I'm coming up on month three of near-uninterrupted use of the Pixel (specifically the Pixel XL), and as I've spent more and more time with Google's chosen phone, I think I've got a solid list of areas where I think Google could improve the device when a successor is released. While I still think the Pixel is quite easily the best Android phone currently on sale, it's not without compromises, some of which were not readily apparent to me until well after I started using it. Here are five areas I think are ripe for improvement on the Pixel, and that I hope are addressed when we see a new Pixel (again, hopefully) later this year.

1. Make 64GB the base storage level

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The Google Pixel has a wonderful camera, and I use it to take a substantial amount of photos. You may also use it to shoot 4K video, which it does a pretty decent job at, too. These activities generate files that consume quite a bit of space, though, and even fastidious use of Google Photos' space free-up feature isn't always helpful. Between cached music, pictures, and all my various apps, I'm regularly running up against less than 5GB of free storage on my 32GB Pixel XL.

With budget flagship phones like the OnePlus 3T and ZTE Axon 7 making 64GB a given these days, there really isn't much excuse for a phone costing $770 not to at least be matching that figure. I get it: the Pixel probably uses more expensive storage parts than those phones, but it also costs over twice as much. I think, in 2017, Google may have a good opportunity to set itself apart, if only slightly, from Apple and Samsung by doubling up on its base storage.

Do I think it's going to happen? I'm not hopeful on this one. Google seems to have mirrored Apple's storage tiering (minus a 256GB model), with the cheapest model essentially acting as encouragement for those who might need a bit more space to pony up the extra cash for the 128GB version. 64GB of capacity as the starting point would probably dramatically reduce sales of the 128GB model, reducing the value of having a second storage SKU at all. But hey, maybe they could up to 256GB at the second tier?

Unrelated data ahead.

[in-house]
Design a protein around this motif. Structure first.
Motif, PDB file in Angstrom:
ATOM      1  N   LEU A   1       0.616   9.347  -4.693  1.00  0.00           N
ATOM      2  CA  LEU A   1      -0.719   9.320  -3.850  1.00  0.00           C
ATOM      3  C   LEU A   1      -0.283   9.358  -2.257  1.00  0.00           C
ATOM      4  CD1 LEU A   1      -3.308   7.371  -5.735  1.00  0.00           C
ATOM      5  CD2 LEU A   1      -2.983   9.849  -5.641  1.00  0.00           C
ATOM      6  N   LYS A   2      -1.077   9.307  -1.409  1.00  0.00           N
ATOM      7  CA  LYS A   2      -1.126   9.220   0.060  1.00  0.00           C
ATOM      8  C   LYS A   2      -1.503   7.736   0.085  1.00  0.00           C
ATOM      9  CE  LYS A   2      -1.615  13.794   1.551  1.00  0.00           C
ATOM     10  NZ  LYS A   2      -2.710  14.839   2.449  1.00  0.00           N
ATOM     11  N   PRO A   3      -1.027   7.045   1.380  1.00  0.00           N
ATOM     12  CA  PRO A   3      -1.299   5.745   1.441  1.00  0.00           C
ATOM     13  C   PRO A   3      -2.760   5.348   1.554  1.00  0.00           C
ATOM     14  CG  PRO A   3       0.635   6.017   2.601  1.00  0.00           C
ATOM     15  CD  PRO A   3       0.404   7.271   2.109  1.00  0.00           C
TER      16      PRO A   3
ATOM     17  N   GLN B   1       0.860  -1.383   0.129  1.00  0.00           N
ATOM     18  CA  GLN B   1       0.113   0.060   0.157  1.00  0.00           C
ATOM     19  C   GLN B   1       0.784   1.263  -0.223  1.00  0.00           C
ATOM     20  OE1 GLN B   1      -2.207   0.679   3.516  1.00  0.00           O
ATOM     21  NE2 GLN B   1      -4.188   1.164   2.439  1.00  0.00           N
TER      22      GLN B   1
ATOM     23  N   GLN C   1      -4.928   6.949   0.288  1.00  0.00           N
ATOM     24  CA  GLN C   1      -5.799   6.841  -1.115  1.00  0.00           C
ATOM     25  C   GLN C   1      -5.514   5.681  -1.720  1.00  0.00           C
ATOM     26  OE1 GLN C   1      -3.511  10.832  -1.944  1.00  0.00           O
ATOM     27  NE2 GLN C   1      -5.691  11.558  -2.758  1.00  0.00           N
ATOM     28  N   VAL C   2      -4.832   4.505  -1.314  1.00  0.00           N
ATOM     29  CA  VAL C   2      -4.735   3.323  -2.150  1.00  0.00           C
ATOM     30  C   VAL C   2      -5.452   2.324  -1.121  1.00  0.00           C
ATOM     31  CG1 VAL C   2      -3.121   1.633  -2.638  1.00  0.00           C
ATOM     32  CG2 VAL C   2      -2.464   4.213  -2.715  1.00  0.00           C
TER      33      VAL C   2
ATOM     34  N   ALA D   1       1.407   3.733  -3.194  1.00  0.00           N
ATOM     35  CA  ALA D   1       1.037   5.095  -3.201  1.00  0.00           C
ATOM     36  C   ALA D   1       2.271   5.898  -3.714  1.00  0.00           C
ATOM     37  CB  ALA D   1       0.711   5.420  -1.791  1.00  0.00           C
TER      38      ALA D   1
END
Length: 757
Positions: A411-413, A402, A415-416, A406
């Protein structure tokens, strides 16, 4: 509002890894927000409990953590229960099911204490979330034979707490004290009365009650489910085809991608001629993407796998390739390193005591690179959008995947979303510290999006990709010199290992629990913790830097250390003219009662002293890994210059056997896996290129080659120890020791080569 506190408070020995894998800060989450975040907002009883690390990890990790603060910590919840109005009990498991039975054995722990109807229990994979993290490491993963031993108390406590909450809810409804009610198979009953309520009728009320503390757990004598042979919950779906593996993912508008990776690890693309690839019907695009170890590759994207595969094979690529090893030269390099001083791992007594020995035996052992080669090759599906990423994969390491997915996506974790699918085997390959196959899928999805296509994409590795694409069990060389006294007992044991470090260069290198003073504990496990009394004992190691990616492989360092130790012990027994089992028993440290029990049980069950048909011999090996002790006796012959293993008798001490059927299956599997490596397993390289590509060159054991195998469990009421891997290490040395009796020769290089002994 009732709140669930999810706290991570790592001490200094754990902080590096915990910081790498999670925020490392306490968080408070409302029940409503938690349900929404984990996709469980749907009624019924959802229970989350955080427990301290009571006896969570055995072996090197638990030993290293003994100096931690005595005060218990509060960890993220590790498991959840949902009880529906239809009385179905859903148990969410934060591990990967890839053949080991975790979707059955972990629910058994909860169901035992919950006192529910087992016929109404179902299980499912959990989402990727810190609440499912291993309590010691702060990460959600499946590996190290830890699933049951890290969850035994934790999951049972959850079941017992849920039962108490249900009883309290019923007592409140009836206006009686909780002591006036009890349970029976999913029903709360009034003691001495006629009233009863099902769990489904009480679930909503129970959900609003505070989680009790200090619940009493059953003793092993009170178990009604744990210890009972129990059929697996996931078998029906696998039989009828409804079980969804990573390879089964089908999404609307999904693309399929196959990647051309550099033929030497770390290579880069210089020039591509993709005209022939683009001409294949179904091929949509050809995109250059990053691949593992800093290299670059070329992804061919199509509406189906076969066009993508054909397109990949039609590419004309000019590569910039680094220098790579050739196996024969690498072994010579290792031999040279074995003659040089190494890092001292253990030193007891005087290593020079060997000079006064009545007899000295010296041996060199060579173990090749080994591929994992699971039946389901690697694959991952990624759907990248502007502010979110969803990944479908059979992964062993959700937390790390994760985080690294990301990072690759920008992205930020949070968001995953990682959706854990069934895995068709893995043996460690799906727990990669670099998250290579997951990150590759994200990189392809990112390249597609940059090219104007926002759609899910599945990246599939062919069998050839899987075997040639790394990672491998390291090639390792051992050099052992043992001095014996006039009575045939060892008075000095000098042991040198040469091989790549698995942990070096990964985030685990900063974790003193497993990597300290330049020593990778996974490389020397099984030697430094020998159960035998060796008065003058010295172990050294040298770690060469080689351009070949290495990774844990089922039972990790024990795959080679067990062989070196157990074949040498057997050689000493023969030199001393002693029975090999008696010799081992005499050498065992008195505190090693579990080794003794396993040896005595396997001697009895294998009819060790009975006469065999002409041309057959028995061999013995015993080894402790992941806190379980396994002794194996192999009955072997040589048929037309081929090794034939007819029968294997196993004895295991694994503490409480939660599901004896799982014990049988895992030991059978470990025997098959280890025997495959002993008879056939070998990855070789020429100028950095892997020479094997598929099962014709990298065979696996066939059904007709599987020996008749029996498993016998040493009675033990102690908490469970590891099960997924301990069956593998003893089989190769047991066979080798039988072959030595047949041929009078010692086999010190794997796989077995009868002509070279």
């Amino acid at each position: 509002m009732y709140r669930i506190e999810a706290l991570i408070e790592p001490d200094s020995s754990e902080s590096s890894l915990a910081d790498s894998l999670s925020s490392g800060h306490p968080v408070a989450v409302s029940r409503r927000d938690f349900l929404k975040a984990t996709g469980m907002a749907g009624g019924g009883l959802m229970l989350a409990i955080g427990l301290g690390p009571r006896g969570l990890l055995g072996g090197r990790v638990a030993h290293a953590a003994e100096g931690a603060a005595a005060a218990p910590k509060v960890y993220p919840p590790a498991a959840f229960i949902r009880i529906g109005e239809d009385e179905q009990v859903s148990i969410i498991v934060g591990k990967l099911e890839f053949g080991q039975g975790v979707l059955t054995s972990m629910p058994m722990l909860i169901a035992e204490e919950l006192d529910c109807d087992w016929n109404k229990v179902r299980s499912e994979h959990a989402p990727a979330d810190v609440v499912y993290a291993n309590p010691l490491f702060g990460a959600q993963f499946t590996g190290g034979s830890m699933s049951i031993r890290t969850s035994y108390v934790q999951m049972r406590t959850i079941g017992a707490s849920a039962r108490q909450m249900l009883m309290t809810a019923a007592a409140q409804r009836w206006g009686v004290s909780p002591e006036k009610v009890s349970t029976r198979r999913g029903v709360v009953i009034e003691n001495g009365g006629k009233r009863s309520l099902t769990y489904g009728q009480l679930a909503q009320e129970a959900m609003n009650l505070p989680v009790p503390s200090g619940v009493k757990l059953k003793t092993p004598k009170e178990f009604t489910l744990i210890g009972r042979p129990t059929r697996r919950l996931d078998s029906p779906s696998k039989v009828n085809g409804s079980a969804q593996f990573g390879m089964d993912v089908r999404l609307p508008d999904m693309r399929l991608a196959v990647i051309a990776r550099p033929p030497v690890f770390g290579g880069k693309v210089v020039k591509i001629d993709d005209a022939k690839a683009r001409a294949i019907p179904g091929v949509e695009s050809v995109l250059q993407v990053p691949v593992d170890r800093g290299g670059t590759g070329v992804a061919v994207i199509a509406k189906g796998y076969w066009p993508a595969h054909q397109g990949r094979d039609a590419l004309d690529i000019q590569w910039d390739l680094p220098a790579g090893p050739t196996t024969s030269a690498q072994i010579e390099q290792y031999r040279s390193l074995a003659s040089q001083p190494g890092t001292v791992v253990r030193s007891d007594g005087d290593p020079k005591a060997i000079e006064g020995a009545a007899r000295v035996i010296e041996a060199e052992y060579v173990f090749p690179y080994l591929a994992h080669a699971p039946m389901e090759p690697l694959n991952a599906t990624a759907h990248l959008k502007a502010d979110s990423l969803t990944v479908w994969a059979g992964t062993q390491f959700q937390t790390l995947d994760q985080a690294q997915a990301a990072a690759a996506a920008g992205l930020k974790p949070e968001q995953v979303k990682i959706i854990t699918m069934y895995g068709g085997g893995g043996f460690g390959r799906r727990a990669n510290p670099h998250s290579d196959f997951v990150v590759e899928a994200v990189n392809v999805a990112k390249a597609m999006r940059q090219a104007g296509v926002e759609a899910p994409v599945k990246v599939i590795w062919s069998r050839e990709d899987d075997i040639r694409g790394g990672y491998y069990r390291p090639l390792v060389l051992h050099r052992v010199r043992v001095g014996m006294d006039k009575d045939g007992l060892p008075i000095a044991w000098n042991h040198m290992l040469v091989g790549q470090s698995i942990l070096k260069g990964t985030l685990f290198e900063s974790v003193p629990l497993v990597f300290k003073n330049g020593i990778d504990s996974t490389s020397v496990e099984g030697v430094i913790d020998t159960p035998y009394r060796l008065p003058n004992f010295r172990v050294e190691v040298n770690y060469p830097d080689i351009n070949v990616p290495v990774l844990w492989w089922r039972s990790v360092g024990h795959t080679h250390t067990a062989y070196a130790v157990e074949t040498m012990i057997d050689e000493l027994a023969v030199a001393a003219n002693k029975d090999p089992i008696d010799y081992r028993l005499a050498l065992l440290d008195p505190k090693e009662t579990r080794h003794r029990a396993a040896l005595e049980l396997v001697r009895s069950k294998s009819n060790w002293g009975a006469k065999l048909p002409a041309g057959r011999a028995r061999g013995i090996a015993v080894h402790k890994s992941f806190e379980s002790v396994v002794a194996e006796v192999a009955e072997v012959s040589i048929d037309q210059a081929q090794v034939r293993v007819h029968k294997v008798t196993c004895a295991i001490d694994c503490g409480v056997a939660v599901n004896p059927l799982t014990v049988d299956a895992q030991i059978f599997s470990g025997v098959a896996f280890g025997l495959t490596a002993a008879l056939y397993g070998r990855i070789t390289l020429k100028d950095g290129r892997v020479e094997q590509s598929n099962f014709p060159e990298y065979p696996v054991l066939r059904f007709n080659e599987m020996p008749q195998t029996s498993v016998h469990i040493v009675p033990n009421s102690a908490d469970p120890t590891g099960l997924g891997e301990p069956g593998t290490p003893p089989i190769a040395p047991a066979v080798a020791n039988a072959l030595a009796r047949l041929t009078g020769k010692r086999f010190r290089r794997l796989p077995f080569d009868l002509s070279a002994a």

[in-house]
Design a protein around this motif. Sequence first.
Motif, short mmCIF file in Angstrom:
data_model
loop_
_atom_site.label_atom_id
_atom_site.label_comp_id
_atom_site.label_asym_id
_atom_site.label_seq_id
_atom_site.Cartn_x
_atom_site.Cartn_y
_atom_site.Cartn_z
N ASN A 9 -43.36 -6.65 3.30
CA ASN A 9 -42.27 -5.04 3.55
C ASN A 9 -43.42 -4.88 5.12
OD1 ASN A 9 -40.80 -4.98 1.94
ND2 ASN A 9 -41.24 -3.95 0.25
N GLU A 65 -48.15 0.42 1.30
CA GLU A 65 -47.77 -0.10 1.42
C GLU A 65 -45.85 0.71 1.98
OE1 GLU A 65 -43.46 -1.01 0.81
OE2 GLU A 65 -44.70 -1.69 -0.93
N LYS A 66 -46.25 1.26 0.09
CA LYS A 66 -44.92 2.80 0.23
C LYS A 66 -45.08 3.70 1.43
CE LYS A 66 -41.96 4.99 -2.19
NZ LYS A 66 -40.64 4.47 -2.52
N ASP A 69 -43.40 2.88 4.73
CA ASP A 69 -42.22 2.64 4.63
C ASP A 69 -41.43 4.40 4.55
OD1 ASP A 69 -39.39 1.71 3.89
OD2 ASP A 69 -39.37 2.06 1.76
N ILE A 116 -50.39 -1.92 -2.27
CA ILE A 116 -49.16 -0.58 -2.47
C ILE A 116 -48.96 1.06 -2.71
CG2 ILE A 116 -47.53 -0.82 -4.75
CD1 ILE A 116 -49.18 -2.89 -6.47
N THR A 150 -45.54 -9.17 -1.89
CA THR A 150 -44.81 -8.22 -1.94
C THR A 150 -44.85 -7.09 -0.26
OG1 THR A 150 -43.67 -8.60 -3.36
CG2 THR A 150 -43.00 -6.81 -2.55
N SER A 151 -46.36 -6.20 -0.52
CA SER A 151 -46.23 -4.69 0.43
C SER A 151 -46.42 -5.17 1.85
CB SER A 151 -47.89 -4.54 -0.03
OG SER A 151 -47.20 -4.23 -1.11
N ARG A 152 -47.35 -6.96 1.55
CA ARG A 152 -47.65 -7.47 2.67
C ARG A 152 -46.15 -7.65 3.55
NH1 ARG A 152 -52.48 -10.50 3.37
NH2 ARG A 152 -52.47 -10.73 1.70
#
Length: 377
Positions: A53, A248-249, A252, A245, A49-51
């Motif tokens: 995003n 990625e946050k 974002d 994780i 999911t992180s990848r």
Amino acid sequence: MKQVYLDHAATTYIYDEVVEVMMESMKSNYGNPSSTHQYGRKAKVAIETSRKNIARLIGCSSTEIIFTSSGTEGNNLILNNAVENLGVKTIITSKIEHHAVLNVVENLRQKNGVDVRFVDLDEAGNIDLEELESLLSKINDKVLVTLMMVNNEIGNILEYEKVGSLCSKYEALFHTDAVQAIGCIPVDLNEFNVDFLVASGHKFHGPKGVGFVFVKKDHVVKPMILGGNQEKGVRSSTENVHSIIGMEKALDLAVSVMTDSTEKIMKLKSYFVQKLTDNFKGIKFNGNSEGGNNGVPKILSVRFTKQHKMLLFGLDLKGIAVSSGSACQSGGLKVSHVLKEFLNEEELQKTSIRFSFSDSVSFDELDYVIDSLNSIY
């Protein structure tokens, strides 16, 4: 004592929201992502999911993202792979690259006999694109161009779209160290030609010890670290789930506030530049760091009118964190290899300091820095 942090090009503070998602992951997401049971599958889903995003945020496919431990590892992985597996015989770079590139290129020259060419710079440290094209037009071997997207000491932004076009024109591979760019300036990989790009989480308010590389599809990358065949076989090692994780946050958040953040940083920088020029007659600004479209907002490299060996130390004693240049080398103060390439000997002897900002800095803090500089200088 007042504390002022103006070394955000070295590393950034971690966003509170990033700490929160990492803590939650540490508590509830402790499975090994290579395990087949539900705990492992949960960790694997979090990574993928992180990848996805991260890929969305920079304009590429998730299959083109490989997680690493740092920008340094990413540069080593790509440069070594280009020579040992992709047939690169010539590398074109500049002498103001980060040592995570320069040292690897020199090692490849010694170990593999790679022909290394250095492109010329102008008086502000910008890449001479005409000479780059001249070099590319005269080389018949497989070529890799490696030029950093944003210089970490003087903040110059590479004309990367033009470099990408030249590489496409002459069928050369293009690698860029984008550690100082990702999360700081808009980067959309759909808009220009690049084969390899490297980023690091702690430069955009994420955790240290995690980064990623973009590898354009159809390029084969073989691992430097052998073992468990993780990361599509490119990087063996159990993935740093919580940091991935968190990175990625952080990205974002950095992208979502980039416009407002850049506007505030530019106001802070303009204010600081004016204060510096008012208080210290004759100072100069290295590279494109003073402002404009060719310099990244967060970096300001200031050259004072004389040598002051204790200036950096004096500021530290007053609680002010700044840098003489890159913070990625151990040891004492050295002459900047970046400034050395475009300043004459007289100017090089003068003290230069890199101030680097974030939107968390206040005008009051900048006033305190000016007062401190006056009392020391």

2. Build a better speaker

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This was one that was fairly obvious from day one with the Pixel, but I feel like it's something that's grown more acute the more time I've used it. Not only is the placement of the speaker far from ideal (I accidentally cover it with my fingers regularly), its output is pretty low.

A second speaker, a more powerful single speaker, front-facing speakers - these are all areas where Google could improve the Pixel speaker experience, and I wouldn't say doing at least one of them is especially technically daunting. I think the Pixel's subpar speaker came down to, like the lack of waterproofing, deprioritization during a relatively rushed development cycle. The speaker feels like an afterthought both in placement and performance, and I don't think that's a controversial thing to say, especially given the Nexus 6P of 2015 had powerful dual front-facing speakers. Even the Nexus 6 with its tiny little bezels managed the same.

This seems more likely as an area where I'd expect to see improvement from Google in 2017, though if Google adopts a thinness-above-all-else design mantra, who knows what could happen.

3. A faster fingerprint scanner